Bucket Bass

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Introduction: Bucket Bass

This is a play on the idea of a washtub bass. A washtub bass is a simple instrument, but this version is even simpler -- and cheaper! It uses a 5 gallon bucket instead of a washtub, and some handy simple knots tie it all together and allow for easy adjustment. It's a great way to "get your feet wet" making and playing an instrument with minimal time and investment.

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Step 1: Supplies and Tools

Supplies:

  • one 5 gallon bucket (other sizes can work too)*
  • one stick (a broomstick, a length of bamboo, or whatever)
  • some string (~ 6 ft of paracord works well)

Tools:

  • saw
  • drill with bits
  • knife (optional)

* A 5 gallon bucket can be bought new for a few dollars, but you can often get them free from businesses that use them (such as food service businesses).

Step 2: Remove Bucket Handle

Pull off the bucket handle so that it is out of your way and won't rattle.

Step 3: Measure & Cut the Stick

I marked my stick with a pencil at about my height minus the height of the bucket. This is easy to do by setting the bucket upside down on the ground, standing the stick on top of it, and marking it at your height.

(The stick could probably be cut much shorter than this and still work just as well, maybe even better.)

Use a saw to cut the stick to length. (Tip: The bucket makes a good mini-workbench for this.)

Step 4: Notch the Stick

Cut a notch into the bottom of the stick using a knife or saw. This end will sit on the rim of the bucket with the rim in the notch. This creates a secure pivot point for the stick. You will want the notch to be deep enough to stay on the bucket rim, but not so deep that the stick touches the flat bottom of the bucket (the soundboard of the instrument).

Step 5: Drill a Hole in the Stick

Prepare to drill a hole in the upper end of the stick perpendicular to the notch in the bottom of the stick. With the notch of the stick straddling the rim of the bucket, mark the hole location on the side facing the center of the bucket. This will be the attachment point for the string. Drill the hole big enough to easily fit the string through.

I drilled the hole about 6 inches from the top end of the stick, but you could drill it lower or even drill several holes at different heights for different setup options.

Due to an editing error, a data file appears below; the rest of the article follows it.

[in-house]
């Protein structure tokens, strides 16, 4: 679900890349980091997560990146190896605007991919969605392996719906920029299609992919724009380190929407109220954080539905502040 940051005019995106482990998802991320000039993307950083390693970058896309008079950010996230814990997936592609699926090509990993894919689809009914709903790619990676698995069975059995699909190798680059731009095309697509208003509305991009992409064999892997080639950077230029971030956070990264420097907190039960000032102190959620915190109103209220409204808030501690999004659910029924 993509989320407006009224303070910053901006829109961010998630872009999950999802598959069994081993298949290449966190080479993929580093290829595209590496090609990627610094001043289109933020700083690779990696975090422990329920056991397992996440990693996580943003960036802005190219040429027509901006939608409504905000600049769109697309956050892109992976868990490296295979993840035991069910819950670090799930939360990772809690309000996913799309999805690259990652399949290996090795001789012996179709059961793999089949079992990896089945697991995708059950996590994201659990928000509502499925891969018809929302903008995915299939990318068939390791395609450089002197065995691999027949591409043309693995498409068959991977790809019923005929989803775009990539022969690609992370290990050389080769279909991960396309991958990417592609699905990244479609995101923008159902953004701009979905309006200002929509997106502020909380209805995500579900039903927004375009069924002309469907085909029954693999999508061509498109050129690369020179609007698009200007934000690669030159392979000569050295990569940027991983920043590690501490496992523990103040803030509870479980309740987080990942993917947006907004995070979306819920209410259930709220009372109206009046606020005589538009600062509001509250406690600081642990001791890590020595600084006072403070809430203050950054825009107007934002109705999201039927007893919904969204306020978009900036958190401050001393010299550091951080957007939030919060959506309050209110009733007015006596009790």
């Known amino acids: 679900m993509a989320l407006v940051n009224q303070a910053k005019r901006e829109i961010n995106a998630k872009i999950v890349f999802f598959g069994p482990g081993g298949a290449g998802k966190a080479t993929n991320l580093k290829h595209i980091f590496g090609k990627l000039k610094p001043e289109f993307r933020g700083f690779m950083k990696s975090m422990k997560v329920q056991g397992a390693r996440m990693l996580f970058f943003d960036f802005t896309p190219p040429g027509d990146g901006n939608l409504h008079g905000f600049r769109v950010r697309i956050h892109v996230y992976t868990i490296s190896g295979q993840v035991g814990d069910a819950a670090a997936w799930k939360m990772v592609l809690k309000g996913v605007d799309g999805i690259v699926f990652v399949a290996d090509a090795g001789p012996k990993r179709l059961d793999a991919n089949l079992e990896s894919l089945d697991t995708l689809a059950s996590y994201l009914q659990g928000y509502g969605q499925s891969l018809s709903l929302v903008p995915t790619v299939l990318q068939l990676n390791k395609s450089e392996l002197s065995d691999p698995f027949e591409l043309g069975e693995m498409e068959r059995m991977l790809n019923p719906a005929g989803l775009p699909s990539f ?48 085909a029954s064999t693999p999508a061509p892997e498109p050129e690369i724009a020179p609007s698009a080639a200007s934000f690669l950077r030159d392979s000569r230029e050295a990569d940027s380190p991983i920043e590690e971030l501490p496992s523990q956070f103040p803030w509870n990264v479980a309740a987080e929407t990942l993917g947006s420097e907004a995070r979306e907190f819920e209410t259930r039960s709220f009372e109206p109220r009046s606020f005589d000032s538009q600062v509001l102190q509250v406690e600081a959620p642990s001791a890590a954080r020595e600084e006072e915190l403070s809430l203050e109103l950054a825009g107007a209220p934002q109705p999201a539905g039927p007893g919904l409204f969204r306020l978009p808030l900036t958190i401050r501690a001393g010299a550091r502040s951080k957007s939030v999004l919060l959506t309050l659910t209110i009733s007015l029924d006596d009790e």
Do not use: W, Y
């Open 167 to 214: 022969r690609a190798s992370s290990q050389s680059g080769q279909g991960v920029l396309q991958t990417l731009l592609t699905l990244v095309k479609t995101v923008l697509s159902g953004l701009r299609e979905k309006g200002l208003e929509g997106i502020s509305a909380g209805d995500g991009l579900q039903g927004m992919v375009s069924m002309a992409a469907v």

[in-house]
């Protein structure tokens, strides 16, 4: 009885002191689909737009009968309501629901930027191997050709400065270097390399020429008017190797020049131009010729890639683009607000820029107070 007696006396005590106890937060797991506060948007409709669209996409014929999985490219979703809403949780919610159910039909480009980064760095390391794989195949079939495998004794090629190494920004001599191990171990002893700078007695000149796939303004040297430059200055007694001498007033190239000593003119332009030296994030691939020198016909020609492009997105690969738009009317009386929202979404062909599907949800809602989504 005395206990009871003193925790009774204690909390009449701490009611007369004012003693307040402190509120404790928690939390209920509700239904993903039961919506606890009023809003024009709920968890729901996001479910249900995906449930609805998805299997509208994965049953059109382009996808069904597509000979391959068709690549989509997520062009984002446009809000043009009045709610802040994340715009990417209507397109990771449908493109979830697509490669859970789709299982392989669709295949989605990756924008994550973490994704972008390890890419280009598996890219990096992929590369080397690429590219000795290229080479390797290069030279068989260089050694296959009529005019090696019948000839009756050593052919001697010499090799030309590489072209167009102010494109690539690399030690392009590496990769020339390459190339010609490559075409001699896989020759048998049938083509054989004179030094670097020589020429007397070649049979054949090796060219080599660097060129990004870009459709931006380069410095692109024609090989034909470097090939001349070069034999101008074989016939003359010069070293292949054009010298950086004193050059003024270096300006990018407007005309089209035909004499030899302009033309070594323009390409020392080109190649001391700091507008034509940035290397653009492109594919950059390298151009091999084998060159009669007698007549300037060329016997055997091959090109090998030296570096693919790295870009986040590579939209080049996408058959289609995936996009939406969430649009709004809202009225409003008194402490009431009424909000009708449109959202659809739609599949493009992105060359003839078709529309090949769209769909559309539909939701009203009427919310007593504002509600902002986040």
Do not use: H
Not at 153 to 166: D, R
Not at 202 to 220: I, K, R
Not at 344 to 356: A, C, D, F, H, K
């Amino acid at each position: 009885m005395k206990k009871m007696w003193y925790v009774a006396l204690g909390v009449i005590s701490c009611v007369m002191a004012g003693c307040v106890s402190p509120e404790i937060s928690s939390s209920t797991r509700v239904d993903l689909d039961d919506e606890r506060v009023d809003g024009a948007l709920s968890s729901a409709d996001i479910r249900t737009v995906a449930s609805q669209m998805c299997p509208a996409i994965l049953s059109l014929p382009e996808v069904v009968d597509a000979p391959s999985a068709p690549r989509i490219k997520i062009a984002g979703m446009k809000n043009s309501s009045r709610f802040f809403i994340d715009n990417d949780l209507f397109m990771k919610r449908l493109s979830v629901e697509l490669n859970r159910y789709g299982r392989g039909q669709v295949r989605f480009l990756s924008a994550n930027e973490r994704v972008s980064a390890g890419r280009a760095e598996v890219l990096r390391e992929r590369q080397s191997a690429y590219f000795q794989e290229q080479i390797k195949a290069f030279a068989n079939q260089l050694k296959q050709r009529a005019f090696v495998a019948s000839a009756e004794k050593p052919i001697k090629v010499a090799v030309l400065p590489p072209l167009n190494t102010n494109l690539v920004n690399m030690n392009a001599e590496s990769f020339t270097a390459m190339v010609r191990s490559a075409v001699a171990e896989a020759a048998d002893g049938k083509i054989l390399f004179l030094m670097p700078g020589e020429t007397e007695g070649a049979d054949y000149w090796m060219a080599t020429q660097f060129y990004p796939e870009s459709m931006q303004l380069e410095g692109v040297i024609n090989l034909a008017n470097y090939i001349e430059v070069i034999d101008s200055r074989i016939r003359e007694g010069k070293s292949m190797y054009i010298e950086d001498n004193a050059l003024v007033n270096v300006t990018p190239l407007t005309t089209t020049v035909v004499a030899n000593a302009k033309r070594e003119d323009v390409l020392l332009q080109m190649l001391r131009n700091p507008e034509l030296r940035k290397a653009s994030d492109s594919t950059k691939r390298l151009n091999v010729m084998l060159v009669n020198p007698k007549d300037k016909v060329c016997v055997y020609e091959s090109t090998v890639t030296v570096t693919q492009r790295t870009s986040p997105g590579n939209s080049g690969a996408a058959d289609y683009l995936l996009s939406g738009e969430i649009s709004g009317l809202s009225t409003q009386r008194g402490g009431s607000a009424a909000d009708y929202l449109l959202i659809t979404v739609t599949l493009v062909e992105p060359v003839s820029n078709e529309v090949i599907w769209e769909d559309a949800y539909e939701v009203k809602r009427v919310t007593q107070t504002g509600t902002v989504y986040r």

Step 6: Drill a Hole in the Bottom of the Bucket

Drill a hole in the bottom of the bucket to receive the string. Make the hole just big enough to fit the string through.

Step 7: Attach String to Bucket

Push the string through the bottom of the bucket. From the inside of the bucket, make a figure eight knot in the end of the string.

Step 8: Attach String to Stick

Push the string through the hole in the stick. For the most flexibility, I secured it with an adjustable hitch as shown step-by-step in the pictures. This hitch allows for easy adjustment to the length of the string as needed, while holding securely when in use.

Step 9: Setup and Play

Set the bucket face down on the ground. The tone and volume will be better if you place a stick (such as the piece cut off earlier) under the bucket edge to lift one side off the ground. Adjust the string length using the adjustable hitch so that there is some tension on the string with the stick in place (stick roughly vertical with its notch on the rim). You will need to hold the bucket down with your foot on the rim. Pluck the string and play with the sound! The pitch is adjusted either by changing the tension by moving the angle of the stick, or by changing the length of the string by holding it at different points against the stick, or both.

It takes some practice, but it's easy to make and fun to play with!

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    8 Discussions

    0
    MikeC63
    MikeC63

    8 weeks ago

    What diameter cord do you recommend?

    0
    eric53
    eric53

    2 months ago

    I grew up in South Africa and in the 60's as a kid I remember "bands" consisting of young African kids going around the streets playing music, mostly jazz, on home made instruments. Their bass was a tea chest with broom stick and string, the guitar was a 1 gallon (5 litre) oil tin with a guitar neck, the banjo was a cigar box with neck and drums were a 44 gallon drum, cut down, with a zebra skin over it. The sound from these instruments was up there with the professionals, BTW wind instruments: penny whistle and flute made out of bamboo, trumpets were mostly the real thing.
    Thanks for bringing back the memories. :)

    0
    darrenroos
    darrenroos

    Reply 8 weeks ago

    Thanks for sharing this! I would love to have heard that!

    0
    JohnC430
    JohnC430

    2 months ago

    HAAAAAHHHH!!!!!!!! Brings back some fun memories.
    We used to play this when I was a kid of 15 in India. I am 82 years old now...... So is this making a comeback? We also used Bamboo for the stick. we did not have wooden broom handles at the time.
    Still pretty cool sounding bass.
    The bucket can be any kind of container, a big wooden box, bucket, even a sheet of plywood.
    where did you get the Bamboo?

    0
    darrenroos
    darrenroos

    Reply 8 weeks ago

    I'm glad this brought back fond memories for you! I have no idea of this is making a comeback. I just wanted to try it. The bamboo came from helping a friend clear out some of the invasive plant from his backyard. This was one of many ways I'm trying to make use of what I brought home.

    0
    DoninSA
    DoninSA

    2 months ago

    That's great. I want one. Thanks.

    0
    djapipol1
    djapipol1

    2 months ago

    cutting a hole in the front of the bucket makes it louder...